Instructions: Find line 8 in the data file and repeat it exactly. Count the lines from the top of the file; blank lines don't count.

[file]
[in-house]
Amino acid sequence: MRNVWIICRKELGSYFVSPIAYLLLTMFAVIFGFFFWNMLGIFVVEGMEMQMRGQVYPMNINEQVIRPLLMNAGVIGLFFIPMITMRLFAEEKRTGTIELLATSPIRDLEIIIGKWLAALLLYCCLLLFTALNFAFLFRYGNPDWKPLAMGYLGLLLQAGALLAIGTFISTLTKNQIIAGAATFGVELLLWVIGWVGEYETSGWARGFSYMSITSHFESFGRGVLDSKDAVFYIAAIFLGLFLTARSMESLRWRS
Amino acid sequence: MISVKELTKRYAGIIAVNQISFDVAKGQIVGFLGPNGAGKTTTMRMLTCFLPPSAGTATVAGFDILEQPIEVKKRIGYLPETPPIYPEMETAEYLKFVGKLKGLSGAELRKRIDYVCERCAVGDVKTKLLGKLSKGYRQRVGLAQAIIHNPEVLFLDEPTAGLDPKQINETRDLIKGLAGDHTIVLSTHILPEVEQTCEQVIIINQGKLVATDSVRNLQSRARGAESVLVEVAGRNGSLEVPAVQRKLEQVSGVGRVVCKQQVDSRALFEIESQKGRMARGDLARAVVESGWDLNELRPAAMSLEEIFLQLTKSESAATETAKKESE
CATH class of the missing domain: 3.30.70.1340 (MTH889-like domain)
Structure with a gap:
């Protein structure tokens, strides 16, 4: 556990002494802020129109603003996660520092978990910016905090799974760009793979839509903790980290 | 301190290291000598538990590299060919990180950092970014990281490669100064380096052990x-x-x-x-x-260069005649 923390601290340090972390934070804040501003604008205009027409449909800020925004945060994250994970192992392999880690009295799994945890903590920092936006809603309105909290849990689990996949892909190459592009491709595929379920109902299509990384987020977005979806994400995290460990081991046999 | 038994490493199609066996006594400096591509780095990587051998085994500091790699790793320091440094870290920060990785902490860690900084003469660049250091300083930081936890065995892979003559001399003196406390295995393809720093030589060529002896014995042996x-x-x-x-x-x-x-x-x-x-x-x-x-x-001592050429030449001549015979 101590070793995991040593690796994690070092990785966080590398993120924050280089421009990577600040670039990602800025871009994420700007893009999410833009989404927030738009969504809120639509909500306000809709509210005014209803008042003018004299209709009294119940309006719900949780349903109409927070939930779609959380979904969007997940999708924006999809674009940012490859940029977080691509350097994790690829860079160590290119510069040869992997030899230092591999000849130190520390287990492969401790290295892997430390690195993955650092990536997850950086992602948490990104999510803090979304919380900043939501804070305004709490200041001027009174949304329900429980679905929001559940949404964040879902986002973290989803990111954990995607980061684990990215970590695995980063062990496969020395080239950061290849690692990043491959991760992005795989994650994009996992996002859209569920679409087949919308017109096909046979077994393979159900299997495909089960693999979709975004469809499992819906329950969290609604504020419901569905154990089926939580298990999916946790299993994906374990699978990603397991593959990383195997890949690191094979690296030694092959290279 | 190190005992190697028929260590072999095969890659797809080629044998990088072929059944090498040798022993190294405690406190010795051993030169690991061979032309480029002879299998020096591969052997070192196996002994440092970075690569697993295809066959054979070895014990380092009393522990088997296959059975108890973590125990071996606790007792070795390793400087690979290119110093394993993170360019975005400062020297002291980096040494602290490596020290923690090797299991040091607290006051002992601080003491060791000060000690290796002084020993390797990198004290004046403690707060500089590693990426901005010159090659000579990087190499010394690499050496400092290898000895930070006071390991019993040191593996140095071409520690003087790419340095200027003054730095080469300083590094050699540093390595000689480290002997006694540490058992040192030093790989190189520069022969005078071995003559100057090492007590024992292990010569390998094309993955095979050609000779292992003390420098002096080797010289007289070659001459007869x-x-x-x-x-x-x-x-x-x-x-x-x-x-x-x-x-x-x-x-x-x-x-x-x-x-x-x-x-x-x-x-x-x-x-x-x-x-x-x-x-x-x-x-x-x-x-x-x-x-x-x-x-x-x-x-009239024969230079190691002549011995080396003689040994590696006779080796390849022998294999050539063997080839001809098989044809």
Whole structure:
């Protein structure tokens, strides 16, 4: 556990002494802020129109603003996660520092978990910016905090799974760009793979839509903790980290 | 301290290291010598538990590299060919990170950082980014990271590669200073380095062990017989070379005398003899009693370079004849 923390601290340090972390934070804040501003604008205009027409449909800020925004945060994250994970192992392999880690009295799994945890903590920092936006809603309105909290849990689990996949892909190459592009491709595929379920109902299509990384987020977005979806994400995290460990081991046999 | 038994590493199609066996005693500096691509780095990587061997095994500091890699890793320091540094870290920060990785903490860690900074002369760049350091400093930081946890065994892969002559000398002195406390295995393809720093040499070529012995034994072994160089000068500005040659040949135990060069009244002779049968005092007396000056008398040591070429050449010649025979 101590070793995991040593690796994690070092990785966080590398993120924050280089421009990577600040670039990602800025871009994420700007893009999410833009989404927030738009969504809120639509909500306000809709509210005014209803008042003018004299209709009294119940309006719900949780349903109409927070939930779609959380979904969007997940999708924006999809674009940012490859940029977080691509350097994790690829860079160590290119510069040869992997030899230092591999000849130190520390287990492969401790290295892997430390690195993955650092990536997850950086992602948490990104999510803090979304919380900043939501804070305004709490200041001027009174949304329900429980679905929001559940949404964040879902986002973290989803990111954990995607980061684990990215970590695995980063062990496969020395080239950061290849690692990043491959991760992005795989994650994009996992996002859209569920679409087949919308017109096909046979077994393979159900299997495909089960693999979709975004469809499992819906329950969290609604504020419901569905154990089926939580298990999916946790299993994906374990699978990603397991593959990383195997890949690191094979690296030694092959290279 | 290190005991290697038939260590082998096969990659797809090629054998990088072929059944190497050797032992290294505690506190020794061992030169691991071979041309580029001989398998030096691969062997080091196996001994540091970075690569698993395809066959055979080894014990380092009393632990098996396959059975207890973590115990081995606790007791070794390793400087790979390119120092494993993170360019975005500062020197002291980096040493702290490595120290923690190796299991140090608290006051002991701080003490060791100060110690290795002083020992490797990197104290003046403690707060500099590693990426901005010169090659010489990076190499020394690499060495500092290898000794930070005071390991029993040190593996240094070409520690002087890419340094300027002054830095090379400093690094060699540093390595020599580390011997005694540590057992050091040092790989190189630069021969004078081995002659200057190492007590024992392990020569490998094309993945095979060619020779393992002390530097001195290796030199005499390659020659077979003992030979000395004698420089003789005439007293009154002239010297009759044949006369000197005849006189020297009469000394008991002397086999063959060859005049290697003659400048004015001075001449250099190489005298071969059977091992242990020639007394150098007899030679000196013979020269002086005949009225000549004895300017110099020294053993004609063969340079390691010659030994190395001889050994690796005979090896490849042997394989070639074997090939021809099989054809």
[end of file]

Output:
């Protein structure tokens, strides 16, 4: 556990002494802020129109603003996660520092978990910016905090799974760009793979839509903790980290 | 301290290291010598538990590299060919990170950082980014990271590669200073380095062990017989070379005398003899009693370079004849 923390601290340090972390934070804040501003604008205009027409449909800020925004945060994250994970192992392999880690009295799994945890903590920092936006809603309105909290849990689990996949892909190459592009491709595929379920109902299509990384987020977005979806994400995290460990081991046999 | 038994590493199609066996005693500096691509780095990587061997095994500091890699890793320091540094870290920060990785903490860690900074002369760049350091400093930081946890065994892969002559000398002195406390295995393809720093040499070529012995034994072994160089000068500005040659040949135990060069009244002779049968005092007396000056008398040591070429050449010649025979 101590070793995991040593690796994690070092990785966080590398993120924050280089421009990577600040670039990602800025871009994420700007893009999410833009989404927030738009969504809120639509909500306000809709509210005014209803008042003018004299209709009294119940309006719900949780349903109409927070939930779609959380979904969007997940999708924006999809674009940012490859940029977080691509350097994790690829860079160590290119510069040869992997030899230092591999000849130190520390287990492969401790290295892997430390690195993955650092990536997850950086992602948490990104999510803090979304919380900043939501804070305004709490200041001027009174949304329900429980679905929001559940949404964040879902986002973290989803990111954990995607980061684990990215970590695995980063062990496969020395080239950061290849690692990043491959991760992005795989994650994009996992996002859209569920679409087949919308017109096909046979077994393979159900299997495909089960693999979709975004469809499992819906329950969290609604504020419901569905154990089926939580298990999916946790299993994906374990699978990603397991593959990383195997890949690191094979690296030694092959290279 | 290190005991290697038939260590082998096969990659797809090629054998990088072929059944190497050797032992290294505690506190020794061992030169691991071979041309580029001989398998030096691969062997080091196996001994540091970075690569698993395809066959055979080894014990380092009393632990098996396959059975207890973590115990081995606790007791070794390793400087790979390119120092494993993170360019975005500062020197002291980096040493702290490595120290923690190796299991140090608290006051002991701080003490060791100060110690290795002083020992490797990197104290003046403690707060500099590693990426901005010169090659010489990076190499020394690499060495500092290898000794930070005071390991029993040190593996240094070409520690002087890419340094300027002054830095090379400093690094060699540093390595020599580390011997005694540590057992050091040092790989190189630069021969004078081995002659200057190492007590024992392990020569490998094309993945095979060619020779393992002390530097001195290796030199005499390659020659077979003992030979000395004698420089003789005439007293009154002239010297009759044949006369000197005849006189020297009469000394008991002397086999063959060859005049290697003659400048004015001075001449250099190489005298071969059977091992242990020639007394150098007899030679000196013979020269002086005949009225000549004895300017110099020294053993004609063969340079390691010659030994190395001889050994690796005979090896490849042997394989070639074997090939021809099989054809």